Review: 2008 Chrysler Sebring
By Dan Jedlicka of MSN Autos
The 2008 Chrysler Sebring convertible did well during a hard workout on mountain roads and freeways near Los Angeles during a media preview, although it did best by far with the available 3.5-liter V6 engine.
The Sebring has been the best-selling convertible in America for 7 of the past 11 years, with approximately 475,000 sold during the last 10 years. The Ford Mustang has provided the stiffest competition.
The midsize Sebring convertible accompanies the slick same-size Sebring sedan, which arrived as a considerably improved 2007 model.
The new Michigan-built Sebring convertible also is greatly improved over its predecessor, partly because it is far more structurally rigid. That translates to better handling, a superior ride and a more solid general feel.
The 4-cylinder and 2.7 V6 work with a responsive 4-speed automatic transmission, but the 3.5 has a more modern, smooth 6-speed automatic with a manual shift feature.
New Economy Figures
The 2.7 V6 provides an estimated 20 and 28 based on 2007 EPA estimates and 18 and 26 using 2008 standards. It's a flex-fuel engine that can run on any blend of gasoline and fuel-grade ethanol up to E85.
The 3.5 V6 gets 18 and 28 using 2007 EPA estimates and 16 and 26 with the new standards. While 89-octane gas is preferred, it can run on 87-octane fuel.
The new convertible comes as the base $25,470 4-cylinder model with a vinyl top, but no available retractable top. The midrange $28,070 Touring V6 version—expected to be the most popular—has a vinyl top or optional retractable hardtop.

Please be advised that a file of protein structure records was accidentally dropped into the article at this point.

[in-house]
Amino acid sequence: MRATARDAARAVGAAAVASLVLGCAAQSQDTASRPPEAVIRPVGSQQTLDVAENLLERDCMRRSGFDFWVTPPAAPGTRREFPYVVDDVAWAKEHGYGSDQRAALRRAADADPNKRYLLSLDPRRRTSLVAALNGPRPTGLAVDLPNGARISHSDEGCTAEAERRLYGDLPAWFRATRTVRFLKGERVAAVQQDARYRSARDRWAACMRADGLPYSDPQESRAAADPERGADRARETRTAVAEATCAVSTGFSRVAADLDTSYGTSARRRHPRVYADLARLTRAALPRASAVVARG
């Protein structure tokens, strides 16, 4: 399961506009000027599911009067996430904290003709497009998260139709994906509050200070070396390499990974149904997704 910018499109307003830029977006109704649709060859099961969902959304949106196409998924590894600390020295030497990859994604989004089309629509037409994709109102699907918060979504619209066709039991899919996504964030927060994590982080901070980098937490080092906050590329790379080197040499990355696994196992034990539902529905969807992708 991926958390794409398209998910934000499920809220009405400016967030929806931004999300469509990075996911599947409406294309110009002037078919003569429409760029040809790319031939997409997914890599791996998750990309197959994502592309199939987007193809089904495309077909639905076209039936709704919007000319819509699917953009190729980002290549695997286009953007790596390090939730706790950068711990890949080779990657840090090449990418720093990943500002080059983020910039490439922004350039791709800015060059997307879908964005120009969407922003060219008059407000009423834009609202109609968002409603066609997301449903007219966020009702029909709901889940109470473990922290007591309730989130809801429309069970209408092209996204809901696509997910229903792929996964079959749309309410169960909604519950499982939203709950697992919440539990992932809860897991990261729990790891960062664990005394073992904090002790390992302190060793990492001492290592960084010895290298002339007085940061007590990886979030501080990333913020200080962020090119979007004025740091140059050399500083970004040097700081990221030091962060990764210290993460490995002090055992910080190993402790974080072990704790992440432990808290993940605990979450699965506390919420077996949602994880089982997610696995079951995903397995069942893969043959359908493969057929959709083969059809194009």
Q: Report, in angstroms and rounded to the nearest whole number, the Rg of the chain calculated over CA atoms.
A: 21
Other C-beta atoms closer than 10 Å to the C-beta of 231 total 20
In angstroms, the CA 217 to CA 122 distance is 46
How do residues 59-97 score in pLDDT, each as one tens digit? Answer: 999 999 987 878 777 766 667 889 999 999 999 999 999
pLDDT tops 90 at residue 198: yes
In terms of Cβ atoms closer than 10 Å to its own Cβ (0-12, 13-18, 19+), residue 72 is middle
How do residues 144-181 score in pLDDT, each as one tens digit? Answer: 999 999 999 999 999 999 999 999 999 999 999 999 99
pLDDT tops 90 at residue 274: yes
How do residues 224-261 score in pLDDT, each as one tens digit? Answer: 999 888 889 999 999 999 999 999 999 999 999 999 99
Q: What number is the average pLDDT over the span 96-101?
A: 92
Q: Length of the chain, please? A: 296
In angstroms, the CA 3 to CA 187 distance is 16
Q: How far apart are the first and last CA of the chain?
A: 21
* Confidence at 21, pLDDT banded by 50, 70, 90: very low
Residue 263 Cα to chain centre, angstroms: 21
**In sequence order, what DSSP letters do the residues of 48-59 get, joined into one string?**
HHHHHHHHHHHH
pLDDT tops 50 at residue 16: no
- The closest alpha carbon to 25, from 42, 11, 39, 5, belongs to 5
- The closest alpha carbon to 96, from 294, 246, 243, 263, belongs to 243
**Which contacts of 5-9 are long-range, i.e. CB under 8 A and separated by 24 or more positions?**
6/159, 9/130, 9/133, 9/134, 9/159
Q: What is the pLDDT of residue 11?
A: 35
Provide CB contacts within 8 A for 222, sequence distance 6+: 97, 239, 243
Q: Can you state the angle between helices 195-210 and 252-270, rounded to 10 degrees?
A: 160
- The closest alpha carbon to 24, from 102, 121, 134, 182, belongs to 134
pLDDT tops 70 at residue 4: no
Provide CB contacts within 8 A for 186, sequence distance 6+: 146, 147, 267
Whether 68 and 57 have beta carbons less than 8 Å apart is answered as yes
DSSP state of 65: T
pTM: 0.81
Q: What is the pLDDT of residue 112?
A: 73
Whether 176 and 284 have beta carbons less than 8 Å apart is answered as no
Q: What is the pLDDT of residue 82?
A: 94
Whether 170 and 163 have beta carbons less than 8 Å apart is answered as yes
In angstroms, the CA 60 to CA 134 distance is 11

The top-line, equipment-loaded $31,670 Limited has a more powerful V6 and standard cloth top—or the retracting hardtop. Fully loaded, the Limited tops out at $38,675.
Retractable Top Prices
Standard for all trim levels are air conditioning, cruise control, tilt/telescopic steering wheel, front sliding armrest, AM/FM/CD with DVD/MP3 capability, headlight-off time delay and power windows, trunk release and door locks with remote keyless entry.
The Sebring convertible has front-wheel drive, which means it lacks the balance of a rear-wheel-drive convertible. But this is a sporty car, not a sports model, and thus is meant for normal cruising, not tackling twisty roads.
Despite that, the new Chrysler did well on L.A. area mountain roads because steering is quick, handling is sure and braking is reasonably strong, with good pedal feel. An all-independent suspension helps roadability and provides a good ride.
One feature that combines style and functionality is a heavily ribbed (Chrysler says "sculpted") hood that adds to the car's appearance and also stiffens its structure. The hood of the iconic, racer-derived 1950s Mercedes-Benz 300SL sports car also has ribs.
A seat belt system that connects belts to the seats makes it easier for passenger to get in and out of the rear seats, although long doors impede front or rear seat entry or exit in tight spots.
Four Golf Bags
Why all the room? Well, the new Sebring convertible's wheelbase (distance between axles) is 2.9 inches longer, and it's 3.5 inches taller and more than 2 inches wider than the model it replaces. It's even 3 inches longer than the redesigned 2007 Sebring sedan.
The retractable hardtop operates with great efficiency. And standard for all trim levels is an automatic latching top. Optional for the base model and standard for the other two trim levels is a remote engine start and convertible top operation via a key fob.
The two-tone interior has a modern, upscale look. Most controls are easily reached and operated.
The new Sebring convertible's retractable hardtop makes it a safer, more sensible car. But Chrysler says that true convertible lovers will opt only for a soft-top version.